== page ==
Abuja Has Traffic Too, and 11 Other Things We Don’t Like to Tell Lagosians

April 25, 2022

I still believe Lagos is the most stressful city to live in, but I also think Abuja people living in Lagos glamourise Abuja way too much. So as someone who’s lived, schooled and work in both cities, here are twelve things we don’t tell people about Abuja.

1. There’s Traffic

Yeah, I said it. There’s mad traffic in Abuja too. The 6 p.m. traffic in Abuja feels like you’ve been teleported to Lagos for a few hours. And God bless you if it happens to rain, that’s double the time you’ll spend trying to get home if you living on the outskirts. 

The traffic spreads across central areas like Wuse, Maitama, and Wuye, after work, to areas further away from town like Lugbe, Kubwa and Maraba. So everywhere in Abuja is choked up until about  9 p.m.

2. The rain is something else

If Abuja rain should catch your clothes outside, it’s over for you. And if you forgot to pack them before leaving your house, no need because your neighbours won’t even act like they saw the clothes flying away. 

3. Finding street food isn’t as easy

In Abuja, you’ll never find Iya Sukirat selling amala or rice and ponmo stew down the road for your lunch break. The most you’ll see if you decide to look for street food on a hot afternoon in Abuja is roasted yam or corn. And although roasted yam bangs with pepper sauce, how many times can you eat that in a week? 

4. Public transportation is just as stressful

Without a personal car, Uber, or Bolt, navigating in Abuja is just hella difficult. Kekes aren’t allowed on certain roads, so carpooling kabu kabus is your best bet. And those things are more annoying than danfos.

I agree kabu kabus are cheap, but how about the fact that four people are squeezed in the back seat? Picture all the bodies that will be squeezed against yours at the back. Let’s not even talk about the crowd fighting to get into the front seat during closing hours. You’re lucky if someone doesn’t elbow you. Just be grateful for your danfos in Lagos.

5. Bukkas are way more expensive

Eating in Lagos is definitely more expensive than in Abuja, but at least, if a spot is cheap, it’s really cheap. In Abuja, even the cheap ones are still stressful. They’ll call the place a bukka and you’ll still end up spending ₦1500 or ₦2k. Why? I won’t call names, but I’ve spent ₦200 for one akara at a bukka in Abuja before. I still bought it sha, but it was against my will.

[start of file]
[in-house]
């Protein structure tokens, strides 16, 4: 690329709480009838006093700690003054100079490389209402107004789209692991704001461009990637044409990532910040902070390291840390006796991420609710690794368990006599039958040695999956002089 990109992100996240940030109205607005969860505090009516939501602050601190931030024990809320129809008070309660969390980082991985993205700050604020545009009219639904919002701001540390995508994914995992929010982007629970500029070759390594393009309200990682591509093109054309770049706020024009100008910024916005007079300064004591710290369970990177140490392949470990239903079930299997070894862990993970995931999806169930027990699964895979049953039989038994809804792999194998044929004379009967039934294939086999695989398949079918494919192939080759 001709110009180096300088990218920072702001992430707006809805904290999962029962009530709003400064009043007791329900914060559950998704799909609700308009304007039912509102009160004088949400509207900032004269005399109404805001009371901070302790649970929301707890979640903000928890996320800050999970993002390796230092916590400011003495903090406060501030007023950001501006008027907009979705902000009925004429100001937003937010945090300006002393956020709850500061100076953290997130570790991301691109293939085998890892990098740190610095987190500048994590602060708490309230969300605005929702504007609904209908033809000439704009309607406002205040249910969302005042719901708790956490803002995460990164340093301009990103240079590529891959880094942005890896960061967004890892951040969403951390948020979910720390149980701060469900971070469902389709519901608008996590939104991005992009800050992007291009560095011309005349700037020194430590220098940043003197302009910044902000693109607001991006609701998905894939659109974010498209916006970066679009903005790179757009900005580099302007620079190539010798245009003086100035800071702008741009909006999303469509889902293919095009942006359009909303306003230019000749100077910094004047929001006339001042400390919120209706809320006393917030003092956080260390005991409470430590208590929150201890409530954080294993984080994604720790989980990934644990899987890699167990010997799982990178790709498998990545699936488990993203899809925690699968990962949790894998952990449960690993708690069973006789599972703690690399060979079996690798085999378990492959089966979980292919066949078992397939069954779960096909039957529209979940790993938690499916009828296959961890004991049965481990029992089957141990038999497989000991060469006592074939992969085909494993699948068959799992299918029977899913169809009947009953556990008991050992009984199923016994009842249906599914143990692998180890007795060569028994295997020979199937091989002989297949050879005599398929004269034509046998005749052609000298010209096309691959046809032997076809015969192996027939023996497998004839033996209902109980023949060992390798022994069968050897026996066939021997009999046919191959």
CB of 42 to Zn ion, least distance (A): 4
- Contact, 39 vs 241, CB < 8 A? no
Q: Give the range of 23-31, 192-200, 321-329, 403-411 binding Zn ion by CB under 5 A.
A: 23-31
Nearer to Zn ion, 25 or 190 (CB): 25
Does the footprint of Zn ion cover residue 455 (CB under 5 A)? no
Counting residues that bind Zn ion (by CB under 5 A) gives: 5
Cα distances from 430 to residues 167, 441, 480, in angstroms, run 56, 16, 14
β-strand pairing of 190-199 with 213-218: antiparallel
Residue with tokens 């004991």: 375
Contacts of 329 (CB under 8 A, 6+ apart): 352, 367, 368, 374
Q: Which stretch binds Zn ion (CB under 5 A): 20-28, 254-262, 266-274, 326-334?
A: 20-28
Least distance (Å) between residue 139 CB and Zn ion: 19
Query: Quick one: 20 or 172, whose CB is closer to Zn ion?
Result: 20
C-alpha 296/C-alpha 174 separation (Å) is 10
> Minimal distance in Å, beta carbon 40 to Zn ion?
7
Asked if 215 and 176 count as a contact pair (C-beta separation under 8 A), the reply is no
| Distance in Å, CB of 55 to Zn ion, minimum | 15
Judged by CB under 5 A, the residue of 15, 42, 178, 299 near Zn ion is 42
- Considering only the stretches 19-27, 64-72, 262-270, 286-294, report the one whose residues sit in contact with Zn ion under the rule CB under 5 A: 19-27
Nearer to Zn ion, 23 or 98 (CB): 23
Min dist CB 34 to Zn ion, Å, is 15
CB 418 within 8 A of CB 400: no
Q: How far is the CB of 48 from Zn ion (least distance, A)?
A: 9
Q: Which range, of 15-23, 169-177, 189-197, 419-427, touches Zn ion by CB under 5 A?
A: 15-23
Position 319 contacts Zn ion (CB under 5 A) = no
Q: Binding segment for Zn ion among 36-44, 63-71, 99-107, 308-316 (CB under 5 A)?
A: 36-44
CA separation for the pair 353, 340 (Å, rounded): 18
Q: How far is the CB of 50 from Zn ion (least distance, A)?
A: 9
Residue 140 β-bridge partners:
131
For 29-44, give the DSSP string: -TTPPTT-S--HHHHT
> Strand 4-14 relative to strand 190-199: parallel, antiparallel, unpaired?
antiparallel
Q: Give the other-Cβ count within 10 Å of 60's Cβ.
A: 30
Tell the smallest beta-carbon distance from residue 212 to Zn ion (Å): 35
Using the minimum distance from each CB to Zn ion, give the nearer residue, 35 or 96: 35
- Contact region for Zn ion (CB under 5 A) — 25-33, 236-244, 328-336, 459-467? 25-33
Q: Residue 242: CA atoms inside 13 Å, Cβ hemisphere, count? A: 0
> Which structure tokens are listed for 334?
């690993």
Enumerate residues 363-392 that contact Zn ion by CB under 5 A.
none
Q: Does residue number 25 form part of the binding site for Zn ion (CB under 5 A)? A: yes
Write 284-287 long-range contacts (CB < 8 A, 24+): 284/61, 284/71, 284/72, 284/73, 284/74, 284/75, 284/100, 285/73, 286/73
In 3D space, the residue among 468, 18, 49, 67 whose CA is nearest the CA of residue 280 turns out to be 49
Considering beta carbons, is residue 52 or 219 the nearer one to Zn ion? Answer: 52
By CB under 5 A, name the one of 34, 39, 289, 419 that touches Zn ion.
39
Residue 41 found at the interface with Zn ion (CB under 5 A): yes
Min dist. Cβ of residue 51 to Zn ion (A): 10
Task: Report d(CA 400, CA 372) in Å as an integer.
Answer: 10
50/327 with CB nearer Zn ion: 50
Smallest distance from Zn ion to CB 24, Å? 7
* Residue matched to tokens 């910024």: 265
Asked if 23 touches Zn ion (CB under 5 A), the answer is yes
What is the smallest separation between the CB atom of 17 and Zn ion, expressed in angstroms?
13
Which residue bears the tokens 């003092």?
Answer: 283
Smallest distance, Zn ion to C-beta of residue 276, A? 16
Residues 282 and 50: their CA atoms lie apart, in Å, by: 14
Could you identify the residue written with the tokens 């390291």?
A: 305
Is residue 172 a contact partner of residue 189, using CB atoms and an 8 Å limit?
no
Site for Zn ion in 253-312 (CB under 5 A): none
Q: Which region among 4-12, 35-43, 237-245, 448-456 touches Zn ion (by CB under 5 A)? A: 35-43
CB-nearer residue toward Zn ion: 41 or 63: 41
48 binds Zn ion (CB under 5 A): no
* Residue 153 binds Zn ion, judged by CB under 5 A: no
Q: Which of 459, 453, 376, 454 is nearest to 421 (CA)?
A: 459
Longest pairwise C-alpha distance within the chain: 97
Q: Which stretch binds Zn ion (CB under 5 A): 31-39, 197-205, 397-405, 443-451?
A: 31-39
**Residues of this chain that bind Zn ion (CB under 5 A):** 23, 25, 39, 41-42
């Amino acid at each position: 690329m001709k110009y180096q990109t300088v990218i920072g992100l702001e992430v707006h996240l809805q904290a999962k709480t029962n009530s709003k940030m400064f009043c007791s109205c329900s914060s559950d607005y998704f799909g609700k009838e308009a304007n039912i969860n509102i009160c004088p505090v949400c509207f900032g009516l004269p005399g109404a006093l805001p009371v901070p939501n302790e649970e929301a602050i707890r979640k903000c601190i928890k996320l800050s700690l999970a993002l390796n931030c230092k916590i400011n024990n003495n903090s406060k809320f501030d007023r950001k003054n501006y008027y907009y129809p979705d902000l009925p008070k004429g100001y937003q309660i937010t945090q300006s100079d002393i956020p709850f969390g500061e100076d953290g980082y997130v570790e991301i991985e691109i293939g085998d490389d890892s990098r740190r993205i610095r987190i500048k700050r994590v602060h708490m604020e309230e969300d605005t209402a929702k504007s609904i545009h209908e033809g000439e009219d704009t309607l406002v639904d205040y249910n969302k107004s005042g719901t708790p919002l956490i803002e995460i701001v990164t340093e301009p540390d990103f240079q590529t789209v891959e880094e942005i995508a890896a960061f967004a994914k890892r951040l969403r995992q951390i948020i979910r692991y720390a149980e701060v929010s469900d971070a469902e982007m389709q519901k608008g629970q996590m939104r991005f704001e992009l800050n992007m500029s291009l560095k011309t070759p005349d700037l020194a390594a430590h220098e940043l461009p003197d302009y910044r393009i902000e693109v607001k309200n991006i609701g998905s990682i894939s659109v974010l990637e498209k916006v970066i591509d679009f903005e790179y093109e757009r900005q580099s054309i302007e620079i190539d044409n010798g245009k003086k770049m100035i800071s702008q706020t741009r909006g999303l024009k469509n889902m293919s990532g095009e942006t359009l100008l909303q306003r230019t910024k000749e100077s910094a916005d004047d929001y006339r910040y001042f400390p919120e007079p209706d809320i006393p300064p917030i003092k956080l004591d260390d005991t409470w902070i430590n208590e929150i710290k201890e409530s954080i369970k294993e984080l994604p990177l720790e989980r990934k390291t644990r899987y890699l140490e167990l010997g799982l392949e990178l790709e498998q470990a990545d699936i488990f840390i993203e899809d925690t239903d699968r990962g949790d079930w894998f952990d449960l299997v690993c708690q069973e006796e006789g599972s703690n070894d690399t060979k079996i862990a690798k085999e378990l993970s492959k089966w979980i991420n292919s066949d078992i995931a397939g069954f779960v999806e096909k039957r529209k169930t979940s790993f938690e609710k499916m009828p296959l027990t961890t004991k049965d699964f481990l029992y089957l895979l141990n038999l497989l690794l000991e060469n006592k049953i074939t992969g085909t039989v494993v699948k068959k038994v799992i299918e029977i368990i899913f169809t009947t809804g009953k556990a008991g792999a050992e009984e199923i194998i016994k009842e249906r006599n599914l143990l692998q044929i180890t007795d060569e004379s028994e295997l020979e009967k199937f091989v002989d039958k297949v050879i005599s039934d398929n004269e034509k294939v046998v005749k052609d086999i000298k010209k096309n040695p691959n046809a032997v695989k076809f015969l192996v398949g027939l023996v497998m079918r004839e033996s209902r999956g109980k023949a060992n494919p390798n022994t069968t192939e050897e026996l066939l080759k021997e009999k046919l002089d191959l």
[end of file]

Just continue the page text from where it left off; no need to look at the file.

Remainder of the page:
RELATED: Four Reasons Why You Should Hate The Public Transport System 

6. Drivers are also mad

You think Lagos drivers are mad? LOL. I’ve learnt that the freer the roads, the more chaotic the drivers. You’d think the fact that we claim that there’s no traffic would slow us down, but no. Everyone is on the road like we’re playing Need for Speed. In a month, you’ll probably spot at least two car crashes because everyone is speeding recklessly. Abuja drivers don’t even care about stoplights, talk more about their cars. 

7. Social circles are tight

Making friends as an adult is hard, but making friends as an adult living in Abuja is harder. In Abuja, everyone minds their business. And at parties or events, people move in groups. If you’re new in town, you’re on your own. It can be intimidating to get into those social circles, but give it time I guess.

8. You’ll get tired of kilishi (dried meat)

Once you say you’re travelling from Abuja, everyone wants you to dedicate a bag to packing kilishi. The truth is, when you now live there, you forget that it actually exists. First, it’s expensive and then there’s like, only one spot in town that sells good kilishi, so that’s more work driving all the way there, depending on when you live. 

RELATED: Here’s How You Can Get Free Kilishi In Abuja

9. Sometimes, there’s no water

Let’s be honest, almost every Abuja person has a meruwa (water supplier) guy on speed dial. And if you live on the top floor of your building, you probably have two. Once your neighbour downstairs turns on their tap, it’s either your tap’s pressure gets low, or the water completely stops.  That’s why renting a house in Abuja is such a gamble.

10. Our roads are bad too

Yes yes, we have the widest and freest roads. The thing is, when a road in Abuja is good, it’s really good. But when it’s bad, it’s really bad. It’s either untarred or has a lot more bumps than you’d expect. Take the EFAB estate road at Lifecamp. It’s been years and that stretch of road is still untarred. And when it rains, the whole area can get very messy. So look out for those hidden gems when you’re house hunting in Abuja.

11. Shopping isn’t easy

Abuja doesn’t have a Tejuosho or Eko market. Of course, there’s Wuse, Garki and Nyanya markets, but there aren’t as many options for affordable clothes. Imagine pricing jeans from ₦10k or ₦15k in the market.  Plus, you’ll spend a long time walking around to find pieces you love. Boutiques have more options, but the price of clothes there will send you back to your village. 

12. Finding an ATM is one of the hardest things

You may need the detective instincts of Fashola to find an ATM machine in Abuja. For some reason, ATMs are either always so far away or just not available. Then when you successfully find one, you’ll spend the rest of your day queueing. So when you need to do anything at the bank, 8:00 a.m. is not early enough. It’s better for you to be as early as the gateman, if not….

ALSO READ: Where You Live in Abuja and What That Says About You

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